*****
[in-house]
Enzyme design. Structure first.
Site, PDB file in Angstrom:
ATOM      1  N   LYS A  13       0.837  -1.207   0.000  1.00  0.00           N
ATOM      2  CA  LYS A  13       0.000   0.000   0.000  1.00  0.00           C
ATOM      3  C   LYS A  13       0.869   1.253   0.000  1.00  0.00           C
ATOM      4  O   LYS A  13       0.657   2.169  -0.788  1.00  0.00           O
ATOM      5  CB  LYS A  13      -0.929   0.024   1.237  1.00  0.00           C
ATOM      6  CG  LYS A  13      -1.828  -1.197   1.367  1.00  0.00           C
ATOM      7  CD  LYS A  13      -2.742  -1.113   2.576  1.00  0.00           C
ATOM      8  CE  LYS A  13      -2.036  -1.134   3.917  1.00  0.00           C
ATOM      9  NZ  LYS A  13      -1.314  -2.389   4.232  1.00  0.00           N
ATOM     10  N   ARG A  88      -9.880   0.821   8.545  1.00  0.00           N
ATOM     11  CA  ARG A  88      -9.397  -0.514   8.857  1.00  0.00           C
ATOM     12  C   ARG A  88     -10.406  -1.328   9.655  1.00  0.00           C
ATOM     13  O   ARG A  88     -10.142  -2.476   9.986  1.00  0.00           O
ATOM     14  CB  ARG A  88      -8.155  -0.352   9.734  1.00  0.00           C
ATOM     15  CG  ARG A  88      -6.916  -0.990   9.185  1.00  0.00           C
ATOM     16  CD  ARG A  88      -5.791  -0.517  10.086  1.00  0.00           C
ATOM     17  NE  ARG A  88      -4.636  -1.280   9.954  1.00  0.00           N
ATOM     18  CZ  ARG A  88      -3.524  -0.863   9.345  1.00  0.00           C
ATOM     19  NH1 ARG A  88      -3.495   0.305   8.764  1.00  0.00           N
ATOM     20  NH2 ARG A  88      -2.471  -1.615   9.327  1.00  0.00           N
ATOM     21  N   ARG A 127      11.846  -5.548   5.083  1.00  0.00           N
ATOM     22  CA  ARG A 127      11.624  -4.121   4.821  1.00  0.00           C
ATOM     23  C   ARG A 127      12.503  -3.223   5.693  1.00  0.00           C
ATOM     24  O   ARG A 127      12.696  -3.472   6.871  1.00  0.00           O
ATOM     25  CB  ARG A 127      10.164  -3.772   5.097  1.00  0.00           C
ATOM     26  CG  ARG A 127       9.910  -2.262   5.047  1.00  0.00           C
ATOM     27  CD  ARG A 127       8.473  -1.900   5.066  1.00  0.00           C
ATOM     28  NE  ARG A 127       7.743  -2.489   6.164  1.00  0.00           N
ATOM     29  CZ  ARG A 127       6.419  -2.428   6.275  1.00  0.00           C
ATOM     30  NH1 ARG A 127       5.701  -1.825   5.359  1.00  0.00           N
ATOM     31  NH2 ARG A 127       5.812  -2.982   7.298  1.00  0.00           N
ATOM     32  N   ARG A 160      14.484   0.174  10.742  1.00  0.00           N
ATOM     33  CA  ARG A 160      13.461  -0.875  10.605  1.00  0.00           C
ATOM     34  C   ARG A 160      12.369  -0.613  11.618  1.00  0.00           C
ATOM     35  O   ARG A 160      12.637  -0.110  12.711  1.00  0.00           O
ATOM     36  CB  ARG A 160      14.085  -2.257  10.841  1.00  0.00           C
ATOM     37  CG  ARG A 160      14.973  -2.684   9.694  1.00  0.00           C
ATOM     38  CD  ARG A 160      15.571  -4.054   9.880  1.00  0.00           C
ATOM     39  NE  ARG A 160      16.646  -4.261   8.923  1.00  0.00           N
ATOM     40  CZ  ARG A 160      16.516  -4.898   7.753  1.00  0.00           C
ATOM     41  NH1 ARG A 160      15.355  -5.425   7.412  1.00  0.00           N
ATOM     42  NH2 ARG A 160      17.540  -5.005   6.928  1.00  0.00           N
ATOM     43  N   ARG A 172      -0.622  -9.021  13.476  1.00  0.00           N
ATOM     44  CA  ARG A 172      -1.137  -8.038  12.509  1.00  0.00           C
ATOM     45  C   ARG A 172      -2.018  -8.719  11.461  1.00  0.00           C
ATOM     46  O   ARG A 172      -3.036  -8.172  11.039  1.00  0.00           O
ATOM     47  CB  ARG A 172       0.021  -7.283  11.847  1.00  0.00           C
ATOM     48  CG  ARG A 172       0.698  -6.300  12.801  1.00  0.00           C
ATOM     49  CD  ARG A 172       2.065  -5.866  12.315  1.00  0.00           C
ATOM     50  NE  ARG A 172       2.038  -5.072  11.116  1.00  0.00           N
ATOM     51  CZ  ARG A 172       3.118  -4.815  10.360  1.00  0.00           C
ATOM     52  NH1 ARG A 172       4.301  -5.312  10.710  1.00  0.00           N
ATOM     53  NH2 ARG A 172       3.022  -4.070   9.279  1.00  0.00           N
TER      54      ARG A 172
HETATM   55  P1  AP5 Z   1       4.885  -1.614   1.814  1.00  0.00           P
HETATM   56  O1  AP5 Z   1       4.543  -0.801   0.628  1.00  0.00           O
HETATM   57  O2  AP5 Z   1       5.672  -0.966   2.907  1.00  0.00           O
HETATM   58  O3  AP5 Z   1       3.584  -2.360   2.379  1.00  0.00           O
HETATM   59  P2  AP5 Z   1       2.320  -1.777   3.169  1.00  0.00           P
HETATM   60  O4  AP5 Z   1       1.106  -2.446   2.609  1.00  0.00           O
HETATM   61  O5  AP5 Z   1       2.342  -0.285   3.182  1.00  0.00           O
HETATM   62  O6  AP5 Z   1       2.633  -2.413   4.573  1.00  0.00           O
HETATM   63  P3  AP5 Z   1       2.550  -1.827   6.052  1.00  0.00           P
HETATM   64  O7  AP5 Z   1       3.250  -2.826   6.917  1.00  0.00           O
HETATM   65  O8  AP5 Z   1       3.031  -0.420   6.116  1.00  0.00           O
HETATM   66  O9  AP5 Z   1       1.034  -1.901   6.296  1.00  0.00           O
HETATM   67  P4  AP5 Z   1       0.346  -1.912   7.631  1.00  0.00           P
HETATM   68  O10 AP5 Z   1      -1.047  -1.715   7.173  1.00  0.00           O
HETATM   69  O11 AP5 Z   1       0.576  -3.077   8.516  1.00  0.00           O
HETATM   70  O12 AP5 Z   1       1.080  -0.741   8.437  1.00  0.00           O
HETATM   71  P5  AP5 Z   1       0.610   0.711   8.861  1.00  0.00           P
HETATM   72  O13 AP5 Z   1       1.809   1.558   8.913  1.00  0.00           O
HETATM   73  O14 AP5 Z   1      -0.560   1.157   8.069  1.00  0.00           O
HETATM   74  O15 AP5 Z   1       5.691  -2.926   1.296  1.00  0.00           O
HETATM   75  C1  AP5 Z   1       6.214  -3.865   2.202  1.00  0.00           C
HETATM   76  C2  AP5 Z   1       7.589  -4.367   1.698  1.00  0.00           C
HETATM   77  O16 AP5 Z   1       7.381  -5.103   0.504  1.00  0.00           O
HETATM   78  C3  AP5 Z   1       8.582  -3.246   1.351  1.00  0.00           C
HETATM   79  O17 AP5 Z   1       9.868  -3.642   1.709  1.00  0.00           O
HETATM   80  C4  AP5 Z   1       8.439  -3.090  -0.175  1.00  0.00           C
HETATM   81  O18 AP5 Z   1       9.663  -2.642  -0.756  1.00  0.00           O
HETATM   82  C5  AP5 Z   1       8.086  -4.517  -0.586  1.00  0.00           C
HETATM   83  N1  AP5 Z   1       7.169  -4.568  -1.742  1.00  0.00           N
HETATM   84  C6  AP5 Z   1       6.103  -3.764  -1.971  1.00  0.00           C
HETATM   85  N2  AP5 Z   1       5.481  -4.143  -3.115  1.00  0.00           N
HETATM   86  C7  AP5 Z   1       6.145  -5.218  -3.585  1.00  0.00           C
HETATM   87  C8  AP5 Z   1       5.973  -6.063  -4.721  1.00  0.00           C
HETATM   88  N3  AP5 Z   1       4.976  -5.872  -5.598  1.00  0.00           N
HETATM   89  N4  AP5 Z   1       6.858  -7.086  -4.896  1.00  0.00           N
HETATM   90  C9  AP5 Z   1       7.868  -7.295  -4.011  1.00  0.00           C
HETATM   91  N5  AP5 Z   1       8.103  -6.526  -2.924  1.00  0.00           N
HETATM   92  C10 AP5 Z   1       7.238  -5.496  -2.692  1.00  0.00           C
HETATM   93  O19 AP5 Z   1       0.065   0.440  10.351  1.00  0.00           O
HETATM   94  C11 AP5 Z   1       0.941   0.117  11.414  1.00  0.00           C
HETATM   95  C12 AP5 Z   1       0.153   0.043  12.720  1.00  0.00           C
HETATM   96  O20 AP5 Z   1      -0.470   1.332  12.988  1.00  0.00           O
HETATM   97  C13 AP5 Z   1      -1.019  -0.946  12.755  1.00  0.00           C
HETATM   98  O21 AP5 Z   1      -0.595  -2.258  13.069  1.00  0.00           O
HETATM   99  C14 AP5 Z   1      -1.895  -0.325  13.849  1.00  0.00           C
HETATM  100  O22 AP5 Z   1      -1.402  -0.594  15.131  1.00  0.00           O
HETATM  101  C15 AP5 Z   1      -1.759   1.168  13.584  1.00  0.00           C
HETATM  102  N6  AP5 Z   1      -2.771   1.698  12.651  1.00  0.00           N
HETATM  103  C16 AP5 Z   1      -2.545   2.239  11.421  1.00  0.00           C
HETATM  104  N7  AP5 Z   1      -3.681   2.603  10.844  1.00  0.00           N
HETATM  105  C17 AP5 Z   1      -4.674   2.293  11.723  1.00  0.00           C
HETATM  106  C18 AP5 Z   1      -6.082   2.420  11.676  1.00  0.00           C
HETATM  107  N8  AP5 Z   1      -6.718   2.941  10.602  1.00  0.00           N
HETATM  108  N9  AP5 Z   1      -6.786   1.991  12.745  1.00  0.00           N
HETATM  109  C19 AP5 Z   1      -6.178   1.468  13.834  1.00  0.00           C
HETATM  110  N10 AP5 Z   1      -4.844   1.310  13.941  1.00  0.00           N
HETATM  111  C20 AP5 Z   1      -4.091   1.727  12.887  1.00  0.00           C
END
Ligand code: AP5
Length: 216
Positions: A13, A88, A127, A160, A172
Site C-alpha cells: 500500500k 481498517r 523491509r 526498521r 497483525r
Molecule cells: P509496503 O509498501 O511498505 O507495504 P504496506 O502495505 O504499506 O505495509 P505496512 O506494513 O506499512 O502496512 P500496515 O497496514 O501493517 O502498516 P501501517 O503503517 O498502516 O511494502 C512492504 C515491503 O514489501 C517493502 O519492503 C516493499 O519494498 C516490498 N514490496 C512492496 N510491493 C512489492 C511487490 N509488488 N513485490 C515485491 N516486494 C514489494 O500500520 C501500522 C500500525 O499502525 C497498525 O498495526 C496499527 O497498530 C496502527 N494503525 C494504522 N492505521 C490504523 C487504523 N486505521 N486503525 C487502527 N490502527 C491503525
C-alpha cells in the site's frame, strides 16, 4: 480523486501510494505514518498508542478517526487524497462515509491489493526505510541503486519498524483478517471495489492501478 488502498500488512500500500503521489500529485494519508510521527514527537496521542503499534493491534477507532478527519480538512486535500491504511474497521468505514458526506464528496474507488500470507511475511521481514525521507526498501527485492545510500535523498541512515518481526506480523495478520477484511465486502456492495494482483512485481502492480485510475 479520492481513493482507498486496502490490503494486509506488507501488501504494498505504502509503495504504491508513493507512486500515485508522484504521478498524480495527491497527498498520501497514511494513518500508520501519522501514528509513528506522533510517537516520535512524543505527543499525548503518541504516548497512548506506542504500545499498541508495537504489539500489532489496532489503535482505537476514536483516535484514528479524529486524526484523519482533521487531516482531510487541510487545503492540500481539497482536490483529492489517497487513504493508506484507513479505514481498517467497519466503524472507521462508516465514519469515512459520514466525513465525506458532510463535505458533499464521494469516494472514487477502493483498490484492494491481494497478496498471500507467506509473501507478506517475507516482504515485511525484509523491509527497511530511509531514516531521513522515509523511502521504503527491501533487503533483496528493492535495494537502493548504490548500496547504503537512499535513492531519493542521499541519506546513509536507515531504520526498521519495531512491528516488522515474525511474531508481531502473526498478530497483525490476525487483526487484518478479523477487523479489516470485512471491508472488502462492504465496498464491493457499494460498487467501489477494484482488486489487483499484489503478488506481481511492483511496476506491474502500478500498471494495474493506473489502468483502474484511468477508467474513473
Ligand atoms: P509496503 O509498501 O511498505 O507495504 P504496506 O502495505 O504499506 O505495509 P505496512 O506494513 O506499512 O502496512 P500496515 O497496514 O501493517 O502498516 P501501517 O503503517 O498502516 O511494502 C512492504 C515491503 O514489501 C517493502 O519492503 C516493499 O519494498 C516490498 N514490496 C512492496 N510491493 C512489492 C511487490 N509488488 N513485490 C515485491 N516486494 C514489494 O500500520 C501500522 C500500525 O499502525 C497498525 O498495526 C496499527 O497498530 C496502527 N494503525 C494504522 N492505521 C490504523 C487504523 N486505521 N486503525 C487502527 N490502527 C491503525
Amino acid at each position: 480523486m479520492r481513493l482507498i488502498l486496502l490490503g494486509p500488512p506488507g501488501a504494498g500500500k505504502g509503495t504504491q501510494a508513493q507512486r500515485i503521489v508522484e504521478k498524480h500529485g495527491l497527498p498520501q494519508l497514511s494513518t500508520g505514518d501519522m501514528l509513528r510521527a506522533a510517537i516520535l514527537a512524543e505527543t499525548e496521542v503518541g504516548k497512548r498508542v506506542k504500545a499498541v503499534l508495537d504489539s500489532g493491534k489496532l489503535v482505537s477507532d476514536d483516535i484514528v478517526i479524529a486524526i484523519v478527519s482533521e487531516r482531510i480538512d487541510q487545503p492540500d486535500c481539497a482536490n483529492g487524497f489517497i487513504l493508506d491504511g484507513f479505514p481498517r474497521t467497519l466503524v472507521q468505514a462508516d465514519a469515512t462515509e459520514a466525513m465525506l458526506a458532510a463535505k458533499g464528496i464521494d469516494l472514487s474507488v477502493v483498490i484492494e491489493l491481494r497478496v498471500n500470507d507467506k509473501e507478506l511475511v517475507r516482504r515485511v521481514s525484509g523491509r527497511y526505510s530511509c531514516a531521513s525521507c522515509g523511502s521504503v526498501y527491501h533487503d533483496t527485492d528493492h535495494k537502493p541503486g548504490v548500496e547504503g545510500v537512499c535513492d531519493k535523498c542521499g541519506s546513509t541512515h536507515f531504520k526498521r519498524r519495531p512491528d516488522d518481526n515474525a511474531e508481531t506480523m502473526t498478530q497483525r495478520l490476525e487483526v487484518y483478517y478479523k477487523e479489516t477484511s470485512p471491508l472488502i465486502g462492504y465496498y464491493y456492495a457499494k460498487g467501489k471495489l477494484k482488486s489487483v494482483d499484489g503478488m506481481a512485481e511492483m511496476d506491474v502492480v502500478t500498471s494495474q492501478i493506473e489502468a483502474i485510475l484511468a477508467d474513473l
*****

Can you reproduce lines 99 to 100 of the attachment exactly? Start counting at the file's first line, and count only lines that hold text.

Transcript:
HETATM   96  O20 AP5 Z   1      -0.470   1.332  12.988  1.00  0.00           O
HETATM   97  C13 AP5 Z   1      -1.019  -0.946  12.755  1.00  0.00           C